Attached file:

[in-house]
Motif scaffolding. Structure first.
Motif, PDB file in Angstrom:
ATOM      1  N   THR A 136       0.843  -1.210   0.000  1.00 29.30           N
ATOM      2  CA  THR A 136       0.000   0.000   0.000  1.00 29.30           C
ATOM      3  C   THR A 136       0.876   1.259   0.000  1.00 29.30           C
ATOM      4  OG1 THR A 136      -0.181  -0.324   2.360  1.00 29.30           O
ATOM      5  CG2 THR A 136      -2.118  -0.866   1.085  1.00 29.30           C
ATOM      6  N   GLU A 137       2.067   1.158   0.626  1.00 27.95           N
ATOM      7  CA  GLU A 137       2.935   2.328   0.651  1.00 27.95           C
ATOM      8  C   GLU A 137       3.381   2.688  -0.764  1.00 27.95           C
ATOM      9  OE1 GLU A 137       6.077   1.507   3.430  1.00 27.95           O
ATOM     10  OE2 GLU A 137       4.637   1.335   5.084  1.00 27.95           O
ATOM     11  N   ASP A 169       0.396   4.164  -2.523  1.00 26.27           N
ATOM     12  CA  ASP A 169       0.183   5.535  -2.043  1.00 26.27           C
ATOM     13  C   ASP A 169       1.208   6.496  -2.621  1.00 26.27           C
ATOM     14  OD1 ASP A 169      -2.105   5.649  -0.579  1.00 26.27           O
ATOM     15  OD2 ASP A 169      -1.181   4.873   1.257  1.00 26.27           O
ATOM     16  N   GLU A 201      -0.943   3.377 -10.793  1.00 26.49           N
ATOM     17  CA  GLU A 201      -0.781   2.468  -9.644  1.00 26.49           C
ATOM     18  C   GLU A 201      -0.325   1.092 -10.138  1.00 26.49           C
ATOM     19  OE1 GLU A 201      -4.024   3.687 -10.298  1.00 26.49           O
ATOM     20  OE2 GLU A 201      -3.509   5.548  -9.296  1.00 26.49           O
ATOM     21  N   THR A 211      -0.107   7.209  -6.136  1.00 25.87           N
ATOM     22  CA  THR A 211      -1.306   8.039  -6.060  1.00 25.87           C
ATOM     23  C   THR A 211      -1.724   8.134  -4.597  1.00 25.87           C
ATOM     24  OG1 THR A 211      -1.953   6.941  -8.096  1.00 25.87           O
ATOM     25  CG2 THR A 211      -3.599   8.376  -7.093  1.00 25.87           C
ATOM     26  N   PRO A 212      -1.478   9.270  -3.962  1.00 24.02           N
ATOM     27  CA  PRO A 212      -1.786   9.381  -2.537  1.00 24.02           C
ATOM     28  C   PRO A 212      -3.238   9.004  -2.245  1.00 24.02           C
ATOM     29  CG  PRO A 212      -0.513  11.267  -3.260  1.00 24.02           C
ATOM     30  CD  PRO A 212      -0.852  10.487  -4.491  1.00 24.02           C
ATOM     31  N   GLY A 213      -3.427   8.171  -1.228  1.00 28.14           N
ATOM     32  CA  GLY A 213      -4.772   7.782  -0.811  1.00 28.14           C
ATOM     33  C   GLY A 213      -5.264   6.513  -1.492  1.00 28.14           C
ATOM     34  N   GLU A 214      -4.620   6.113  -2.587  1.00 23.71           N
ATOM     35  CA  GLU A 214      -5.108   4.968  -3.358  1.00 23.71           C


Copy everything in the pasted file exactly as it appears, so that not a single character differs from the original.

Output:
[in-house]
Motif scaffolding. Structure first.
Motif, PDB file in Angstrom:
ATOM      1  N   THR A 136       0.843  -1.210   0.000  1.00 29.30           N
ATOM      2  CA  THR A 136       0.000   0.000   0.000  1.00 29.30           C
ATOM      3  C   THR A 136       0.876   1.259   0.000  1.00 29.30           C
ATOM      4  OG1 THR A 136      -0.181  -0.324   2.360  1.00 29.30           O
ATOM      5  CG2 THR A 136      -2.118  -0.866   1.085  1.00 29.30           C
ATOM      6  N   GLU A 137       2.067   1.158   0.626  1.00 27.95           N
ATOM      7  CA  GLU A 137       2.935   2.328   0.651  1.00 27.95           C
ATOM      8  C   GLU A 137       3.381   2.688  -0.764  1.00 27.95           C
ATOM      9  OE1 GLU A 137       6.077   1.507   3.430  1.00 27.95           O
ATOM     10  OE2 GLU A 137       4.637   1.335   5.084  1.00 27.95           O
ATOM     11  N   ASP A 169       0.396   4.164  -2.523  1.00 26.27           N
ATOM     12  CA  ASP A 169       0.183   5.535  -2.043  1.00 26.27           C
ATOM     13  C   ASP A 169       1.208   6.496  -2.621  1.00 26.27           C
ATOM     14  OD1 ASP A 169      -2.105   5.649  -0.579  1.00 26.27           O
ATOM     15  OD2 ASP A 169      -1.181   4.873   1.257  1.00 26.27           O
ATOM     16  N   GLU A 201      -0.943   3.377 -10.793  1.00 26.49           N
ATOM     17  CA  GLU A 201      -0.781   2.468  -9.644  1.00 26.49           C
ATOM     18  C   GLU A 201      -0.325   1.092 -10.138  1.00 26.49           C
ATOM     19  OE1 GLU A 201      -4.024   3.687 -10.298  1.00 26.49           O
ATOM     20  OE2 GLU A 201      -3.509   5.548  -9.296  1.00 26.49           O
ATOM     21  N   THR A 211      -0.107   7.209  -6.136  1.00 25.87           N
ATOM     22  CA  THR A 211      -1.306   8.039  -6.060  1.00 25.87           C
ATOM     23  C   THR A 211      -1.724   8.134  -4.597  1.00 25.87           C
ATOM     24  OG1 THR A 211      -1.953   6.941  -8.096  1.00 25.87           O
ATOM     25  CG2 THR A 211      -3.599   8.376  -7.093  1.00 25.87           C
ATOM     26  N   PRO A 212      -1.478   9.270  -3.962  1.00 24.02           N
ATOM     27  CA  PRO A 212      -1.786   9.381  -2.537  1.00 24.02           C
ATOM     28  C   PRO A 212      -3.238   9.004  -2.245  1.00 24.02           C
ATOM     29  CG  PRO A 212      -0.513  11.267  -3.260  1.00 24.02           C
ATOM     30  CD  PRO A 212      -0.852  10.487  -4.491  1.00 24.02           C
ATOM     31  N   GLY A 213      -3.427   8.171  -1.228  1.00 28.14           N
ATOM     32  CA  GLY A 213      -4.772   7.782  -0.811  1.00 28.14           C
ATOM     33  C   GLY A 213      -5.264   6.513  -1.492  1.00 28.14           C
ATOM     34  N   GLU A 214      -4.620   6.113  -2.587  1.00 23.71           N
ATOM     35  CA  GLU A 214      -5.108   4.968  -3.358  1.00 23.71           C